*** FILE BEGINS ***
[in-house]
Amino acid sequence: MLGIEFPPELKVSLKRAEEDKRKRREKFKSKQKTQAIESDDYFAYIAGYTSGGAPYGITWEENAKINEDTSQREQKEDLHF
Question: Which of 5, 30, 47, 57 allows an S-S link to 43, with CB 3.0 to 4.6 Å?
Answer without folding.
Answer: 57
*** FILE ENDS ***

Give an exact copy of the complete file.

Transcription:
[in-house]
Amino acid sequence: MLGIEFPPELKVSLKRAEEDKRKRREKFKSKQKTQAIESDDYFAYIAGYTSGGAPYGITWEENAKINEDTSQREQKEDLHF
Question: Which of 5, 30, 47, 57 allows an S-S link to 43, with CB 3.0 to 4.6 Å?
Answer without folding.
Answer: 57